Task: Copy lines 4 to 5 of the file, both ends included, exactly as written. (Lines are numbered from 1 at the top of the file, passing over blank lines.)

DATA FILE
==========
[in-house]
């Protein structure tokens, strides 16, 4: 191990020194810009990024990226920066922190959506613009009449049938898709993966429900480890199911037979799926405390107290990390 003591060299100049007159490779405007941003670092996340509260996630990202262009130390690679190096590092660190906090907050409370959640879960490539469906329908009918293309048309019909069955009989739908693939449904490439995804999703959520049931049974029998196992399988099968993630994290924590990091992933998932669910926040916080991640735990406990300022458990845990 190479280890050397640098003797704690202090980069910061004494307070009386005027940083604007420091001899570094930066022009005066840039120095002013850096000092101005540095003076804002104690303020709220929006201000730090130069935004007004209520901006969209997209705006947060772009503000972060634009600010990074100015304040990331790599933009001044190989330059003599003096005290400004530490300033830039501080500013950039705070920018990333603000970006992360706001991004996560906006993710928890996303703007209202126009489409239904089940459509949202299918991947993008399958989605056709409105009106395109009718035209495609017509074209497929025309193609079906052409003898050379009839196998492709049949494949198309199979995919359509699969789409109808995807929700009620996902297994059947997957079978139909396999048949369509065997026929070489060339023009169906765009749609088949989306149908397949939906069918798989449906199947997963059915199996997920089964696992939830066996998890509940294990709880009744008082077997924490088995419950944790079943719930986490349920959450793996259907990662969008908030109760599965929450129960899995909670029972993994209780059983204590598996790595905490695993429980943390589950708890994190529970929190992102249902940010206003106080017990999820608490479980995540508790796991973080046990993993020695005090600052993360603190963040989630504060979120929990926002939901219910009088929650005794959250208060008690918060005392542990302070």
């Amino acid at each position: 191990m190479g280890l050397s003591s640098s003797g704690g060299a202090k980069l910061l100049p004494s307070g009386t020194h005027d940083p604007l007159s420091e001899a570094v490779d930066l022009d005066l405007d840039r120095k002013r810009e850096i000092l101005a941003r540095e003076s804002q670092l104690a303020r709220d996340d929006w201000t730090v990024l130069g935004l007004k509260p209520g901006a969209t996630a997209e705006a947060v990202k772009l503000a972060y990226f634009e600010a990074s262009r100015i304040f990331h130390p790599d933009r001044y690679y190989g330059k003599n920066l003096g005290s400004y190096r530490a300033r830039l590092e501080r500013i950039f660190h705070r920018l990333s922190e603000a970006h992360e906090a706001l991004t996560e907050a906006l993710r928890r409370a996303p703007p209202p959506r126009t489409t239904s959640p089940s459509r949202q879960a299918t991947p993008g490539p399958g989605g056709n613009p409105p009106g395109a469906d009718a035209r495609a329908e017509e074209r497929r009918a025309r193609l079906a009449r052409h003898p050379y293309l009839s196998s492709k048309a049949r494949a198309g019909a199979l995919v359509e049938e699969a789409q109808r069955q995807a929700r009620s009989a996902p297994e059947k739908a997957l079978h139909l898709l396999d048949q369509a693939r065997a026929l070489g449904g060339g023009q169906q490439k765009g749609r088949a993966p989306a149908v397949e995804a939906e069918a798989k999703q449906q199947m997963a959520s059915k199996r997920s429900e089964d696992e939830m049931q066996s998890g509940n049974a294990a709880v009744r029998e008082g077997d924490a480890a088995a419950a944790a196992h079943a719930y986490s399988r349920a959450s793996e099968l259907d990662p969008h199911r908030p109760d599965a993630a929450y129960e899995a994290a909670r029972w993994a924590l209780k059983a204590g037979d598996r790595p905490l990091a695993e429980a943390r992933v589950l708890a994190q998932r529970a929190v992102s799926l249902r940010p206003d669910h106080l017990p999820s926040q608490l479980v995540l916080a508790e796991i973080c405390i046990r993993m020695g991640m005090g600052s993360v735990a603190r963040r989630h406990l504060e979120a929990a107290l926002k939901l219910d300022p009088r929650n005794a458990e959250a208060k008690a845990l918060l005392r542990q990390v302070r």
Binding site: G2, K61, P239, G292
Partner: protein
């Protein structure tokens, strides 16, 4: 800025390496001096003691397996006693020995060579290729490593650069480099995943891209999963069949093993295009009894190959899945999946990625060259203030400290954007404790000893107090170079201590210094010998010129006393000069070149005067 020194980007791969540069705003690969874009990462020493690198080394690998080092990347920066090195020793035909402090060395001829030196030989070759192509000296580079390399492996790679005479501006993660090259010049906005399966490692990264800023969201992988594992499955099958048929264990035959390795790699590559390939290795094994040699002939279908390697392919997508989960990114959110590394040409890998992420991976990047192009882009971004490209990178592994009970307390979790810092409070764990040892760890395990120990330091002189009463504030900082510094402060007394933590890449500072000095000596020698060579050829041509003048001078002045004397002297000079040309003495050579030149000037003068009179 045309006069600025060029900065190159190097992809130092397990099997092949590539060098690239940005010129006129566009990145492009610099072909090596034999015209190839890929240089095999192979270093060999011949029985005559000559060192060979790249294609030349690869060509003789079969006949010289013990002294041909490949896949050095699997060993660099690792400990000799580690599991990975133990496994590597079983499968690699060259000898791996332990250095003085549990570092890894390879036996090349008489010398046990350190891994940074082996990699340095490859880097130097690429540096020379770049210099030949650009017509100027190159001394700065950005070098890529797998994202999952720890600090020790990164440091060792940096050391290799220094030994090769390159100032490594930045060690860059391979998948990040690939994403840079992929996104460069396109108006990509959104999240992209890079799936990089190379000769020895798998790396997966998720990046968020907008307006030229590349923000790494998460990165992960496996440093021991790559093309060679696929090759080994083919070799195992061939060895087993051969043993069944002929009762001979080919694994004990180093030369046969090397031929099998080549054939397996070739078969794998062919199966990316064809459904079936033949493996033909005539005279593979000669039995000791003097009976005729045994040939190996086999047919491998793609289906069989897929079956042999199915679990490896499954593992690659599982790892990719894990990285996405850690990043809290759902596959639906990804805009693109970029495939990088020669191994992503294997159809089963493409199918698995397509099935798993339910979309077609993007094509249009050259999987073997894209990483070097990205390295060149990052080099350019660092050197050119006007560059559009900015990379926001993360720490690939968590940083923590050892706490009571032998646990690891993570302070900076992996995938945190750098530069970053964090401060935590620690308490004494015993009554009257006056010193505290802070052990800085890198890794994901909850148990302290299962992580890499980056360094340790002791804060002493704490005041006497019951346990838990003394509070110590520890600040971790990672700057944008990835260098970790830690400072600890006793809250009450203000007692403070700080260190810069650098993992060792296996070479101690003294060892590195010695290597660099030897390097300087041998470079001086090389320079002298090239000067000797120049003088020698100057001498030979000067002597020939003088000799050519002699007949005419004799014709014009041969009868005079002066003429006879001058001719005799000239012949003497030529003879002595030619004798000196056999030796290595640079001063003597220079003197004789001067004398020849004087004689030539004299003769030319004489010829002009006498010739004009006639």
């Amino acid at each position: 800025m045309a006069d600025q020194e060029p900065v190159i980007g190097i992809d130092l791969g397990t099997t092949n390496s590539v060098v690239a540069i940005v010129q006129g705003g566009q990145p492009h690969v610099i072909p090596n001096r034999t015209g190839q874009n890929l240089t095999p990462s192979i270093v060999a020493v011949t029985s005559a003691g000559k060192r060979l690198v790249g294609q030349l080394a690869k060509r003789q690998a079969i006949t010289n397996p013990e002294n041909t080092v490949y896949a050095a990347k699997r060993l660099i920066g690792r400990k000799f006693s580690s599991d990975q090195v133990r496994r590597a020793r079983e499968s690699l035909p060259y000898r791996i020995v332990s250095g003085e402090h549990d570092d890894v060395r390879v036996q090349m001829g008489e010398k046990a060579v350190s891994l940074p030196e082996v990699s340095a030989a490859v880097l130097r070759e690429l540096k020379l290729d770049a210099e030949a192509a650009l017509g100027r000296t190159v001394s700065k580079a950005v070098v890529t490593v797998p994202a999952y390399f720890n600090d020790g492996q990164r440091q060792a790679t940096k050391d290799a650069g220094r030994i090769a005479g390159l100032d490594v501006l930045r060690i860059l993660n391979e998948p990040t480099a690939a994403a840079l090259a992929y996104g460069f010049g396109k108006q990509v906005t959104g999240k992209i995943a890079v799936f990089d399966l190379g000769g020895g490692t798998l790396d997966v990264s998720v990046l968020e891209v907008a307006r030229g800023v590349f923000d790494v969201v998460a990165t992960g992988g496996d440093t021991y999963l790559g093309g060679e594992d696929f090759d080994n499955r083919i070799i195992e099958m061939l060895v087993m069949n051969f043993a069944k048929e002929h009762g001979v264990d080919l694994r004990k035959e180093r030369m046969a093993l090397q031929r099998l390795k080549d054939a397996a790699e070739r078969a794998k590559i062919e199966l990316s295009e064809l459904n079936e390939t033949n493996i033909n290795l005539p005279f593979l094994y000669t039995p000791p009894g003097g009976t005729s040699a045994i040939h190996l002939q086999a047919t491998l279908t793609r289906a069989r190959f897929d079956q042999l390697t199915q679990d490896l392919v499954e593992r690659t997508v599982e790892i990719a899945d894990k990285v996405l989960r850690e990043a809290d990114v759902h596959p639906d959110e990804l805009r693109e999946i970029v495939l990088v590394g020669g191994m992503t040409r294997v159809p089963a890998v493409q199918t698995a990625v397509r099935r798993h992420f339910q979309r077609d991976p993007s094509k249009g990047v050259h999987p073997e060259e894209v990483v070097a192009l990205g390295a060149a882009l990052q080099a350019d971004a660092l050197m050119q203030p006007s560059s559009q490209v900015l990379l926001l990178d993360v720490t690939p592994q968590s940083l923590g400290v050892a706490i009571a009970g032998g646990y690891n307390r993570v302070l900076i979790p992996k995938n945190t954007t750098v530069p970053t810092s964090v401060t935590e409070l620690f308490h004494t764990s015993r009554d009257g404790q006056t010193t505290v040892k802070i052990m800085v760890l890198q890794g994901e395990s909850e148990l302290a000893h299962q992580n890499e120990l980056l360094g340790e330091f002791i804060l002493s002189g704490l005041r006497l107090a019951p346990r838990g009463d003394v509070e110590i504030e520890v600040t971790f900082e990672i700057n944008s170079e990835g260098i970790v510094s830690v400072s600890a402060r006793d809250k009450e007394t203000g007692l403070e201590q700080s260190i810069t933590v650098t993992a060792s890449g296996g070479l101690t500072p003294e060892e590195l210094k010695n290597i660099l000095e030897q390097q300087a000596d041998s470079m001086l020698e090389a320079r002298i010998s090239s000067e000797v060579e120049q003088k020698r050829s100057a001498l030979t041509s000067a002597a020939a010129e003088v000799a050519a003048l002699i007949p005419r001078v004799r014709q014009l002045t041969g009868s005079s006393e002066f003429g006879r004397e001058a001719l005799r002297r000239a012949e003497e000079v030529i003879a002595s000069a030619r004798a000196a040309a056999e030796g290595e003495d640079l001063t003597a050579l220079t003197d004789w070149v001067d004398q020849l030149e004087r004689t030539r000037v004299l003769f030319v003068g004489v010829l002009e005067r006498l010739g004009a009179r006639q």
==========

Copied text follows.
Binding site: G2, K61, P239, G292
Partner: protein